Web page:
The adapter pattern is one of the most useful patterns in my eyes. Therefore I want to explain what the adapter is and present a simple real life example on how it can be used.
The Adapter Pattern in real life
It works the same way as a real-life adapter, for example for a power outlet. If you travel from the European Union to Switzerland or the US your normal power plug won’t fit into the power outlet. Hence you have to get an adapter which can link the power outlet with the power plug. This example perfectly describes how the adapter pattern works.
The Adapter Pattern in software development
The adapter pattern is often used in combination with third-party libraries. For example, your client needs to utilize a specific interface and a library which you have to use doesn’t use this Interface or the library expects a different Interface. This is where the adapter comes to use. The adapter sits between the client and the library and connects them together. Like in the real world an adapter helps two classes which are not compatible to work together.
On the other hand, if you develop the library, you can provide support for future adapters so your users can implement it easily into their application.
The UML diagram for the adapter pattern is pretty simple. The client wants to call an operation on the Adaptee. To do that the client implements the Adapter interface and calls the Operation method. The ConcreteAdapter implements the method and calls the AdaptedOperation of the adaptee. After the execution, the ConcreteAdapter returns the information needed to the client.
Let’s look at a real time example
Implementation of the Adapter Pattern
As an example, I import a list of my employees and then use a third party tool to a fancy header and footer to the list while printing it. Let’s say that my internal SAP system returns my employees as string array. The third-party tool expects a list of strings though. Therefore I need an adapter which to enable me to use the library with my string array.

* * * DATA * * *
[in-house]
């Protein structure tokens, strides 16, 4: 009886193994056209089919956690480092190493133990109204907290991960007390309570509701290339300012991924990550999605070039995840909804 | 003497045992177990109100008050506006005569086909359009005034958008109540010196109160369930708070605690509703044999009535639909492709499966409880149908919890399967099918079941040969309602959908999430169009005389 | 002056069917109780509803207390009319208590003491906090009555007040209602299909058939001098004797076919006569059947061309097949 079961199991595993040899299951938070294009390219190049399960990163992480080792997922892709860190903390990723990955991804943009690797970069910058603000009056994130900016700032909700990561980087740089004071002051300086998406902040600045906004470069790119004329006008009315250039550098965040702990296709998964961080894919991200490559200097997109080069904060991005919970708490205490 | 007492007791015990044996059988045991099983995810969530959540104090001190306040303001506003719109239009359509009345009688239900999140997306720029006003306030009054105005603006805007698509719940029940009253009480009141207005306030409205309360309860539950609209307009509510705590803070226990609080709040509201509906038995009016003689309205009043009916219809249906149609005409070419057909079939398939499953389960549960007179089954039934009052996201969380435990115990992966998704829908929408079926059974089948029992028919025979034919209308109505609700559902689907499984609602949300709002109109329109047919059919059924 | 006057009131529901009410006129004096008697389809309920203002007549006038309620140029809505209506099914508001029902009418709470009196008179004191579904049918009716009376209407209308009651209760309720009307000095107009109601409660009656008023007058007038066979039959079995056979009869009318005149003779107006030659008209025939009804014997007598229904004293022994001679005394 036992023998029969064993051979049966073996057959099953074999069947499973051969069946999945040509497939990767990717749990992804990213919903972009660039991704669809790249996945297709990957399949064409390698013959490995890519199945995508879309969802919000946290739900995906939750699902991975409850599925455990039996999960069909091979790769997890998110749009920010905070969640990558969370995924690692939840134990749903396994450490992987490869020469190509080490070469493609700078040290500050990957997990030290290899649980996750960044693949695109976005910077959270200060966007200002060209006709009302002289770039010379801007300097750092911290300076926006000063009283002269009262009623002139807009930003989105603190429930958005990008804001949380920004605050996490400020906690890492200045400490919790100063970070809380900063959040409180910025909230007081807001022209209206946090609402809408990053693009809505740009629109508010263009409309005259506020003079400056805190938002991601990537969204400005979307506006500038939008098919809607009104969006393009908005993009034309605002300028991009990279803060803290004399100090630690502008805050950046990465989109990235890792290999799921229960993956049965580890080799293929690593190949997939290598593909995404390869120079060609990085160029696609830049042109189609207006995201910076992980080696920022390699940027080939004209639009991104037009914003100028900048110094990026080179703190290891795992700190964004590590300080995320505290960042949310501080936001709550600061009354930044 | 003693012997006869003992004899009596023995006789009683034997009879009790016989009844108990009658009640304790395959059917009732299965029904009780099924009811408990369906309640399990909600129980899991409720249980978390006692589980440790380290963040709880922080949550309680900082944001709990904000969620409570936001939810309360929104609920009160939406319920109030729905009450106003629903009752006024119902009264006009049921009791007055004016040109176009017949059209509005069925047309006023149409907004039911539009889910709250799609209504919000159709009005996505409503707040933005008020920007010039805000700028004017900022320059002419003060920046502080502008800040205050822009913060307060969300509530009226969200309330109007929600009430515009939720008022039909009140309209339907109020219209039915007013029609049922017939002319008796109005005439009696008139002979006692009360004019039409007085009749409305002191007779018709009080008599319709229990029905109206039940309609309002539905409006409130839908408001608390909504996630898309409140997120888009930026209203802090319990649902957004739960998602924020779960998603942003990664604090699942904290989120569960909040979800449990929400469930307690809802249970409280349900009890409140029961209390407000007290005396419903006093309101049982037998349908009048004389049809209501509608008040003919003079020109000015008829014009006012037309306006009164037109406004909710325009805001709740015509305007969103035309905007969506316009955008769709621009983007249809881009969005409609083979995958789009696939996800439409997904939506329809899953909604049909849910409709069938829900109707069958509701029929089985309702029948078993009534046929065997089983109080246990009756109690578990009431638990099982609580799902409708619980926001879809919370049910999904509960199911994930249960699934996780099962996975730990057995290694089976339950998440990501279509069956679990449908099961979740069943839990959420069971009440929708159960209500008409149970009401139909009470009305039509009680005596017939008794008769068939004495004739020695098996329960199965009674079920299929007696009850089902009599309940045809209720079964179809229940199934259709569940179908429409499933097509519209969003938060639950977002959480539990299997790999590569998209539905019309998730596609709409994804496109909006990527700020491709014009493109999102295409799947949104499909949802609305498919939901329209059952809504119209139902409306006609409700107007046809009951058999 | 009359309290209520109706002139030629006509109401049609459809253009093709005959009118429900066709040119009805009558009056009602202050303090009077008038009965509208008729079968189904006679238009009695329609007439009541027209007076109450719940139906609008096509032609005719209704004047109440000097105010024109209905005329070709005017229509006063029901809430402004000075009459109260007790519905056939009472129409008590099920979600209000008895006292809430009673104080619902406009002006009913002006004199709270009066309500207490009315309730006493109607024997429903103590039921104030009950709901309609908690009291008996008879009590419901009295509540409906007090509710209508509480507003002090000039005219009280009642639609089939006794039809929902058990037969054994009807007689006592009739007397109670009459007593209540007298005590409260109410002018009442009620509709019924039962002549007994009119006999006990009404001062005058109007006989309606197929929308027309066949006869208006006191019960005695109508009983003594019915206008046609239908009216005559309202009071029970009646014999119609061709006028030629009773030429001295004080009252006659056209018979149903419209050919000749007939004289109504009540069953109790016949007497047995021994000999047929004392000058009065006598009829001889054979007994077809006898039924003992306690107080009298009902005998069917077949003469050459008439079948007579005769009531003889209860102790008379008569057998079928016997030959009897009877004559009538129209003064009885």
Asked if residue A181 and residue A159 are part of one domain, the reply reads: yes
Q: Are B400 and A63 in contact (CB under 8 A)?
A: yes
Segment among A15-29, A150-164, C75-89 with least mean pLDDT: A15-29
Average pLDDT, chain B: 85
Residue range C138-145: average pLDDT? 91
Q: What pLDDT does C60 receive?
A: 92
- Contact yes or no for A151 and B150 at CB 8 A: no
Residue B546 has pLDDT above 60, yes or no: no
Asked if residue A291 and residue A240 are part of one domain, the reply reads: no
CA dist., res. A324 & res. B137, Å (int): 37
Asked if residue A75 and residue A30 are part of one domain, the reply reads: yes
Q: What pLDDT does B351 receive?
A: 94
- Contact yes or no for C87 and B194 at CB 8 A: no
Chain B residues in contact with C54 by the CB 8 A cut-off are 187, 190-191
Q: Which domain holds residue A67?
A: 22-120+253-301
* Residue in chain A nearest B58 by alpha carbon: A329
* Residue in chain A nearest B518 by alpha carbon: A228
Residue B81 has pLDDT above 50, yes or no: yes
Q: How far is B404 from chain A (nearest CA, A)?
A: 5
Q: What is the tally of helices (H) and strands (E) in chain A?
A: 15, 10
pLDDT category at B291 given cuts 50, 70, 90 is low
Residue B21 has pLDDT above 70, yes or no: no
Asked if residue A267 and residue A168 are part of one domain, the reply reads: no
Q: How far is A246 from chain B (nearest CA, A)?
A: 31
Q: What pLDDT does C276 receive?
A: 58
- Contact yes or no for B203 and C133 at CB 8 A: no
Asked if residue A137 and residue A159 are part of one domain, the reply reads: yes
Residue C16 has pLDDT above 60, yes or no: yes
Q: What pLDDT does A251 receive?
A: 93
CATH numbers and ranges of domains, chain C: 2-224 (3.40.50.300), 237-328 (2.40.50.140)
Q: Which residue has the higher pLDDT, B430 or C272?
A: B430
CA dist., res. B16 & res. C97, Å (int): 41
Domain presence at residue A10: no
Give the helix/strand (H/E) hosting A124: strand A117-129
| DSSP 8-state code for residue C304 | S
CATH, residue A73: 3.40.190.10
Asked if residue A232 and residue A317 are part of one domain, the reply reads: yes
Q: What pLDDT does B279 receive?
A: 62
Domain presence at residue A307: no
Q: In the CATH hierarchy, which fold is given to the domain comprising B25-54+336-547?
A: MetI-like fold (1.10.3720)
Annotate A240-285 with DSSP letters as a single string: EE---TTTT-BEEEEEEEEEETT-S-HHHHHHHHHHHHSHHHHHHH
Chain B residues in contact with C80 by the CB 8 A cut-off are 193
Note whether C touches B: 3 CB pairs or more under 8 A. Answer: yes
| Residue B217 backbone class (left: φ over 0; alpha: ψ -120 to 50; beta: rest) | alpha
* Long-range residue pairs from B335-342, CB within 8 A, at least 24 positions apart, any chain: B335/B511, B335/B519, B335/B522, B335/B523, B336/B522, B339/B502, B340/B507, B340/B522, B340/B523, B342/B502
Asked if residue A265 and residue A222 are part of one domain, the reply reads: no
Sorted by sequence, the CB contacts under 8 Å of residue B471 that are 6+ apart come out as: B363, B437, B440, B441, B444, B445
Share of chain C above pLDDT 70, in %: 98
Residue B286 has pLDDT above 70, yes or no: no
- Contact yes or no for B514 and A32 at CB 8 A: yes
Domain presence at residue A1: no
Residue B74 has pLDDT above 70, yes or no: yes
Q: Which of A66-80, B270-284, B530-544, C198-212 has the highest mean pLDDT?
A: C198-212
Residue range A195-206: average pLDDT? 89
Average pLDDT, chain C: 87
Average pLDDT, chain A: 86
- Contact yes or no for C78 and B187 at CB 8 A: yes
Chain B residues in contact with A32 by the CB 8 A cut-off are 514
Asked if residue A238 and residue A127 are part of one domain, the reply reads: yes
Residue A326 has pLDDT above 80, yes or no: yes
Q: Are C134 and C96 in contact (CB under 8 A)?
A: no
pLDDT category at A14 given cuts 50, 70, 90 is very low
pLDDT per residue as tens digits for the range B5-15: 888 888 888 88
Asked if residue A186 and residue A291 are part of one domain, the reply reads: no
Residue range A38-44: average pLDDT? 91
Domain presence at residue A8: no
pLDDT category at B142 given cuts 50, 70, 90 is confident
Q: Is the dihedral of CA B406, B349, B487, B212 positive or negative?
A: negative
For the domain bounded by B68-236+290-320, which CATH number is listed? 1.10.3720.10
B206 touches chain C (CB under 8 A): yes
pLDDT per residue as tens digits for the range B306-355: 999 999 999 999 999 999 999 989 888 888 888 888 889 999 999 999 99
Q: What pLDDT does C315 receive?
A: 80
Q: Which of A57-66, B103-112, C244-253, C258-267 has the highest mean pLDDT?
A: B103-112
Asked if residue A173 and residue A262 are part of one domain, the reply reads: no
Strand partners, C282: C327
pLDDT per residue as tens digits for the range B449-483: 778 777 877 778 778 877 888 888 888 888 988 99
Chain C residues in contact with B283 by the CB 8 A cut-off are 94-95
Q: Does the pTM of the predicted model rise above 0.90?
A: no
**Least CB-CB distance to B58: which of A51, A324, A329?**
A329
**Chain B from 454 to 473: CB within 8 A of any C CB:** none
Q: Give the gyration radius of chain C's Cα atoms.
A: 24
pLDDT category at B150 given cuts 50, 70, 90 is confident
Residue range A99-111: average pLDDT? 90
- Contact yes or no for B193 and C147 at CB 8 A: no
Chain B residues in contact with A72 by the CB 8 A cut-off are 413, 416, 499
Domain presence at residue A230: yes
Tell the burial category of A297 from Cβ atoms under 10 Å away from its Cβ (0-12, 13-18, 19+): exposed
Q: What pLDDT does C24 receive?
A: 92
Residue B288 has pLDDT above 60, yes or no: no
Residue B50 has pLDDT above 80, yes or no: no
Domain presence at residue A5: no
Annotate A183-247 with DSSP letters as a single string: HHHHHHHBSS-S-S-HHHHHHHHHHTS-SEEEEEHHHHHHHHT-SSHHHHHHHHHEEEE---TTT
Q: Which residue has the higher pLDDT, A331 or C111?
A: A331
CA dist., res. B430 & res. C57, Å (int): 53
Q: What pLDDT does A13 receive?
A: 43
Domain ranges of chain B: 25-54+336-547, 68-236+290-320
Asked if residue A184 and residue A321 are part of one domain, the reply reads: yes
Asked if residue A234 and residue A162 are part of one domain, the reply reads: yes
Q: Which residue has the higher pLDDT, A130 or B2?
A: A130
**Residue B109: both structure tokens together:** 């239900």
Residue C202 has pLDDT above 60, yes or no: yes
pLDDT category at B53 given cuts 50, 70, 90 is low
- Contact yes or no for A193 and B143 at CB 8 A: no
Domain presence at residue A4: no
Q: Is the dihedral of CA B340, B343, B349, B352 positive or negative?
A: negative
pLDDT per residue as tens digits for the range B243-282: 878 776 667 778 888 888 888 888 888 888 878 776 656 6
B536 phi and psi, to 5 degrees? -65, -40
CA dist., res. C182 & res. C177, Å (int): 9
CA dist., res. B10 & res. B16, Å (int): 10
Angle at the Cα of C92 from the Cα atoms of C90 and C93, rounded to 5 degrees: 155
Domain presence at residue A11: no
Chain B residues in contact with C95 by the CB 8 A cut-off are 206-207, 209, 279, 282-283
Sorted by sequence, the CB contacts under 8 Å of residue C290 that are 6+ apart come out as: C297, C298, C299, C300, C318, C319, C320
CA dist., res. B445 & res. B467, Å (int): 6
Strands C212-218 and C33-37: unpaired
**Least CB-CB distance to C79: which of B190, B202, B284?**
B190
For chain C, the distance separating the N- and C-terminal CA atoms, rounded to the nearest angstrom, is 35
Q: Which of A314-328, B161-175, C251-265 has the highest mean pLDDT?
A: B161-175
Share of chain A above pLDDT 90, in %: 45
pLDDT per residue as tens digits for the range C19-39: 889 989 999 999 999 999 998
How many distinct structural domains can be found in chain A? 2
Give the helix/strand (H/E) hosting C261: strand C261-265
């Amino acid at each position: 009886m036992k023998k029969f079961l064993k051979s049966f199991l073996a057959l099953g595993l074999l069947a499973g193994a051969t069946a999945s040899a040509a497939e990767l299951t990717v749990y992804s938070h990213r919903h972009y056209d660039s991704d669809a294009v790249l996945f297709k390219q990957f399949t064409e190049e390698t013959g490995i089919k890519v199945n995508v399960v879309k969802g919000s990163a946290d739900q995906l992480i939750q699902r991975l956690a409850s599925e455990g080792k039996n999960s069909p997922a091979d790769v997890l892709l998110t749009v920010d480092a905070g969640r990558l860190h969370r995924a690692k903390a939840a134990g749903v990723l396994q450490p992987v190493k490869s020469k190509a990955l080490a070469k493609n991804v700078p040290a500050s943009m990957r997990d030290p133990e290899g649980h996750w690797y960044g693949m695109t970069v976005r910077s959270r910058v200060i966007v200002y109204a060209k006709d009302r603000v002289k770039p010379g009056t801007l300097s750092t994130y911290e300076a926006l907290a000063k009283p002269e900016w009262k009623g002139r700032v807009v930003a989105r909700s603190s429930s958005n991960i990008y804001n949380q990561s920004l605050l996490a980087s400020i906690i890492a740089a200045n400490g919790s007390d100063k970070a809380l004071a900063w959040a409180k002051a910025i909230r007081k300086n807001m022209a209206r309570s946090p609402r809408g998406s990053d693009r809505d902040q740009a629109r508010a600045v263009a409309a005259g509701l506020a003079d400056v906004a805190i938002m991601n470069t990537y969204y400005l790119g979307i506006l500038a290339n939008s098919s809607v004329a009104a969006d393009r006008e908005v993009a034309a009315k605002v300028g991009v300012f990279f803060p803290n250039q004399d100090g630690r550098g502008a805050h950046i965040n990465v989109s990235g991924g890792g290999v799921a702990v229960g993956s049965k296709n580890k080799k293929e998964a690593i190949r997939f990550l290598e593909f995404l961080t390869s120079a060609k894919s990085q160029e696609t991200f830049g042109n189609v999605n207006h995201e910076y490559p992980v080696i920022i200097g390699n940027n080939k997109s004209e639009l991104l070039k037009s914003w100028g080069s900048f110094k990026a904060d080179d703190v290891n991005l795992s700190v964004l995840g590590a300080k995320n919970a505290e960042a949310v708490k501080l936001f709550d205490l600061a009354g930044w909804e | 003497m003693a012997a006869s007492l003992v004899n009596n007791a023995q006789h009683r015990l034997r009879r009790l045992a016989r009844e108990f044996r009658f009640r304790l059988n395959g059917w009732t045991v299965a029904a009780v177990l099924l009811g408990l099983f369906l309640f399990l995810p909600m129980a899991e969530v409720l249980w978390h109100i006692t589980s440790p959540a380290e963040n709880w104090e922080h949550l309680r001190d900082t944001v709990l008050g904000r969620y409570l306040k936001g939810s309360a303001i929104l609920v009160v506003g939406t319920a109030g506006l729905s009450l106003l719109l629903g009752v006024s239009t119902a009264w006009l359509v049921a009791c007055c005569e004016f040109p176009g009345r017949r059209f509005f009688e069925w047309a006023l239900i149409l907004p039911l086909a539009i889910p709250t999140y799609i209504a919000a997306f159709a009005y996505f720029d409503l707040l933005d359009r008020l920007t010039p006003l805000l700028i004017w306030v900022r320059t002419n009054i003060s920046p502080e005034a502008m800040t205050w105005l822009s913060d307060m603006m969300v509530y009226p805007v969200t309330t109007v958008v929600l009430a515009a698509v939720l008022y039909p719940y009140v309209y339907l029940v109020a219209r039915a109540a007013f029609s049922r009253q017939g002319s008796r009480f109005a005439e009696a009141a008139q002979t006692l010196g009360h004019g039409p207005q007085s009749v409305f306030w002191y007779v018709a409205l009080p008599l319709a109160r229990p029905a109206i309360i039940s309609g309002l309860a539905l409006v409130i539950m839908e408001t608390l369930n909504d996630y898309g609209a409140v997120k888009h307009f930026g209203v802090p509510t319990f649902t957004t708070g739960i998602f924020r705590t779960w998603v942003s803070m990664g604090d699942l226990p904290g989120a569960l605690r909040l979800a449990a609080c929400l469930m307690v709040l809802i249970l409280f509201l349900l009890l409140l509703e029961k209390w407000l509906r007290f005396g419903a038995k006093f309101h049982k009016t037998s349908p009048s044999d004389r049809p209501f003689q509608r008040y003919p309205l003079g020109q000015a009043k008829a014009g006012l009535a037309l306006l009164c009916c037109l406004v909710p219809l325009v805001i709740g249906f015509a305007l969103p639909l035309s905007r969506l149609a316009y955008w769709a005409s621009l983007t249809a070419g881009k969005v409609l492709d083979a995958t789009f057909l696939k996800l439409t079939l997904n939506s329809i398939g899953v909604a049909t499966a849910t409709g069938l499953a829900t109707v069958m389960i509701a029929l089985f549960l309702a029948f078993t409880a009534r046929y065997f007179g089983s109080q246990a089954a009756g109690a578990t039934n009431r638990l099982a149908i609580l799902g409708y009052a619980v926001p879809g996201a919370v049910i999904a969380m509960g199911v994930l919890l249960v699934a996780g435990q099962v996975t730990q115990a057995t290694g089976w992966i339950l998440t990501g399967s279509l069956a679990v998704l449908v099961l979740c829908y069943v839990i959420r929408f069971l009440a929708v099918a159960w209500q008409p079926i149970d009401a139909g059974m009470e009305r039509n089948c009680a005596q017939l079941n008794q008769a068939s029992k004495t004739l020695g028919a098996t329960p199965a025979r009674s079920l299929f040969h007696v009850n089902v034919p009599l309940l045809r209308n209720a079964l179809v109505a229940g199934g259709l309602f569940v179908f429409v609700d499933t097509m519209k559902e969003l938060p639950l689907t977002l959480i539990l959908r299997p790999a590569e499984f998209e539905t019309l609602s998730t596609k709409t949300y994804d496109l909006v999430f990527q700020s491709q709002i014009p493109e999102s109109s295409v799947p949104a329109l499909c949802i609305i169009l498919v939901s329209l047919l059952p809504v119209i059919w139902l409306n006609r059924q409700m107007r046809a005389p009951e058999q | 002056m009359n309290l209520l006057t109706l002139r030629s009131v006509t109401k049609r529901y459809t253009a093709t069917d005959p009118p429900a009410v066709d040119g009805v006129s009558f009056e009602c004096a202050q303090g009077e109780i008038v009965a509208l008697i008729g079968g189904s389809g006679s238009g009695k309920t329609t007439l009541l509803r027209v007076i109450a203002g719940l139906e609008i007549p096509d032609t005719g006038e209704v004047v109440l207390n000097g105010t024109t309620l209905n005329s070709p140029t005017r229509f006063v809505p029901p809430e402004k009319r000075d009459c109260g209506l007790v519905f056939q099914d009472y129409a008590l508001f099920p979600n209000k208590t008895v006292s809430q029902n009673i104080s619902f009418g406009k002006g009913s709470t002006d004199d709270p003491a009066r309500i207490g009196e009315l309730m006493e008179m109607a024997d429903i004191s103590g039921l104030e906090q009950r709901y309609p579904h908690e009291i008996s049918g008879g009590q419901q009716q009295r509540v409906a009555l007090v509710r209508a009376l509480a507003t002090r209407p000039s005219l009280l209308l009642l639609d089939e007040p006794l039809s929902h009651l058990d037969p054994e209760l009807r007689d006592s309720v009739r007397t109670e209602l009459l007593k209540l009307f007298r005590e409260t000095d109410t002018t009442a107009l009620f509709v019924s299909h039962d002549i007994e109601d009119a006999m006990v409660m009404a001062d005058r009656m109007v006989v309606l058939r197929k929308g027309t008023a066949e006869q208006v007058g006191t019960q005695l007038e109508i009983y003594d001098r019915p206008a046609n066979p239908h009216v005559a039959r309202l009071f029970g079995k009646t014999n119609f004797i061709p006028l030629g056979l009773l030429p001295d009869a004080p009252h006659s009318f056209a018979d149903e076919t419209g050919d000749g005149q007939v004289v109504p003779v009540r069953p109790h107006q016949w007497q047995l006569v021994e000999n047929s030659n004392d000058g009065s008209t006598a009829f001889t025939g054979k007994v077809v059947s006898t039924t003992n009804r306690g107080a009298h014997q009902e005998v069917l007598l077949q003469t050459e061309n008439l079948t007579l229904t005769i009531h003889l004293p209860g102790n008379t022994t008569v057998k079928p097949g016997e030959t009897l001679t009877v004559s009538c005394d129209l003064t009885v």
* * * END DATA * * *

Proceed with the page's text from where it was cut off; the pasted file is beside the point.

The third-party tool called FancyReportingTool is pretty simple too. It is instantiated with an interface which will provide the data for printing in the ShowEmployeeList method. The interface I provide during the instantiating of the FancyReportingTool is the Adapter interface, which is implemented by the concrete adapter.
The constructor of the library asks for an interface. Because of this interface, it is possible for me to use the adapter. Remember this when creating libraries yourself. It’s good practice to provide support for future adapters.
The last missing piece is the ConcreteAdapter which is called EmployeeAdapter. This class inherits from the interface and form the SAPSystem. The adapter gets the employees from the SAPSystem class and converts the array into a list and returns it. The FancyReportingTool can print this list now.
With everything set up, I can create an instance of the interface, an instance of the FancyReportingTool with this interface and then call the ShowEmplyeeList on the FancyReportingTool object. This will get the employee data from my internal SAPSystem, convert it and use the third party library to print the data to the console.
In addition to the employee adapter, I could implement another adapter. The additional adapter could work as a data provider for my inventory and then send it to the third-party library for a nice print out.
In my eyes there are three related patterns which are worth to take a look at when learning the adapter pattern.
The repository and strategy pattern often implement an adapter whereas the facade is pretty similar to the adapter pattern. The difference between facade and adapter is that the facade usually wraps many classes to simplify interfaces. On the contrary the adapter mostly only wraps a single class.
In this example, I showed how to use the adapter pattern to combine two incompatible classes. This pattern is often used in combination with third-party libraries which have to be used.
You can find the source code of the example on GitHub.